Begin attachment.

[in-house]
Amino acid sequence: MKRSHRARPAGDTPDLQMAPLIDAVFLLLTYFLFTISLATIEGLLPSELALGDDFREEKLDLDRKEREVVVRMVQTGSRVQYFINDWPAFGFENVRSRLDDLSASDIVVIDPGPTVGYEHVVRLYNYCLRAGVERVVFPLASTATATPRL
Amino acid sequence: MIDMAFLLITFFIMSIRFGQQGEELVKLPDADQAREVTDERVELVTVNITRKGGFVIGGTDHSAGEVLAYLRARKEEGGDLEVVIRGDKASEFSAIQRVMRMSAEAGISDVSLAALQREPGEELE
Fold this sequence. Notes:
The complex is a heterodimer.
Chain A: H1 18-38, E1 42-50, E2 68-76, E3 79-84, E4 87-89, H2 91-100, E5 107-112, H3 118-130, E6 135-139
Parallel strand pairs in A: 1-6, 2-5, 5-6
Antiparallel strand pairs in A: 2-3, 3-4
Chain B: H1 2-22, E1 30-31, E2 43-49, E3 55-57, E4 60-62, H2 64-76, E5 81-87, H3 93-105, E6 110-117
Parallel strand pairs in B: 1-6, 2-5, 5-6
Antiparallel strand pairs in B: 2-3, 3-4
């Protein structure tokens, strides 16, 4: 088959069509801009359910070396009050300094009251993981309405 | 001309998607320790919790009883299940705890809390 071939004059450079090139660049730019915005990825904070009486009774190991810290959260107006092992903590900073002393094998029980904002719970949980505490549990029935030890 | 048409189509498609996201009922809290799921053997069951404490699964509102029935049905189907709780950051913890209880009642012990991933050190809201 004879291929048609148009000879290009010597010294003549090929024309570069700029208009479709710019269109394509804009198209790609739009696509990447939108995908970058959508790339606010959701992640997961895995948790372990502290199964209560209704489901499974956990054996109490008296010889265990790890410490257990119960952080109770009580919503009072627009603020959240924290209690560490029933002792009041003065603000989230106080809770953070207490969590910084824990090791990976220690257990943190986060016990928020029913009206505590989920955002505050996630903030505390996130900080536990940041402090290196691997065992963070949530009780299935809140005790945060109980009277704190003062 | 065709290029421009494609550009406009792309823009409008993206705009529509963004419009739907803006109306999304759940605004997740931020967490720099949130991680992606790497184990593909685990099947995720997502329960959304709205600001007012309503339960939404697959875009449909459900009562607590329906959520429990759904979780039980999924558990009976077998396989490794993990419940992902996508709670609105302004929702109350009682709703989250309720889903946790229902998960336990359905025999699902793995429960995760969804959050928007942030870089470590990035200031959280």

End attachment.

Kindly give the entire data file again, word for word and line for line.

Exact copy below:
[in-house]
Amino acid sequence: MKRSHRARPAGDTPDLQMAPLIDAVFLLLTYFLFTISLATIEGLLPSELALGDDFREEKLDLDRKEREVVVRMVQTGSRVQYFINDWPAFGFENVRSRLDDLSASDIVVIDPGPTVGYEHVVRLYNYCLRAGVERVVFPLASTATATPRL
Amino acid sequence: MIDMAFLLITFFIMSIRFGQQGEELVKLPDADQAREVTDERVELVTVNITRKGGFVIGGTDHSAGEVLAYLRARKEEGGDLEVVIRGDKASEFSAIQRVMRMSAEAGISDVSLAALQREPGEELE
Fold this sequence. Notes:
The complex is a heterodimer.
Chain A: H1 18-38, E1 42-50, E2 68-76, E3 79-84, E4 87-89, H2 91-100, E5 107-112, H3 118-130, E6 135-139
Parallel strand pairs in A: 1-6, 2-5, 5-6
Antiparallel strand pairs in A: 2-3, 3-4
Chain B: H1 2-22, E1 30-31, E2 43-49, E3 55-57, E4 60-62, H2 64-76, E5 81-87, H3 93-105, E6 110-117
Parallel strand pairs in B: 1-6, 2-5, 5-6
Antiparallel strand pairs in B: 2-3, 3-4
């Protein structure tokens, strides 16, 4: 088959069509801009359910070396009050300094009251993981309405 | 001309998607320790919790009883299940705890809390 071939004059450079090139660049730019915005990825904070009486009774190991810290959260107006092992903590900073002393094998029980904002719970949980505490549990029935030890 | 048409189509498609996201009922809290799921053997069951404490699964509102029935049905189907709780950051913890209880009642012990991933050190809201 004879291929048609148009000879290009010597010294003549090929024309570069700029208009479709710019269109394509804009198209790609739009696509990447939108995908970058959508790339606010959701992640997961895995948790372990502290199964209560209704489901499974956990054996109490008296010889265990790890410490257990119960952080109770009580919503009072627009603020959240924290209690560490029933002792009041003065603000989230106080809770953070207490969590910084824990090791990976220690257990943190986060016990928020029913009206505590989920955002505050996630903030505390996130900080536990940041402090290196691997065992963070949530009780299935809140005790945060109980009277704190003062 | 065709290029421009494609550009406009792309823009409008993206705009529509963004419009739907803006109306999304759940605004997740931020967490720099949130991680992606790497184990593909685990099947995720997502329960959304709205600001007012309503339960939404697959875009449909459900009562607590329906959520429990759904979780039980999924558990009976077998396989490794993990419940992902996508709670609105302004929702109350009682709703989250309720889903946790229902998960336990359905025999699902793995429960995760969804959050928007942030870089470590990035200031959280």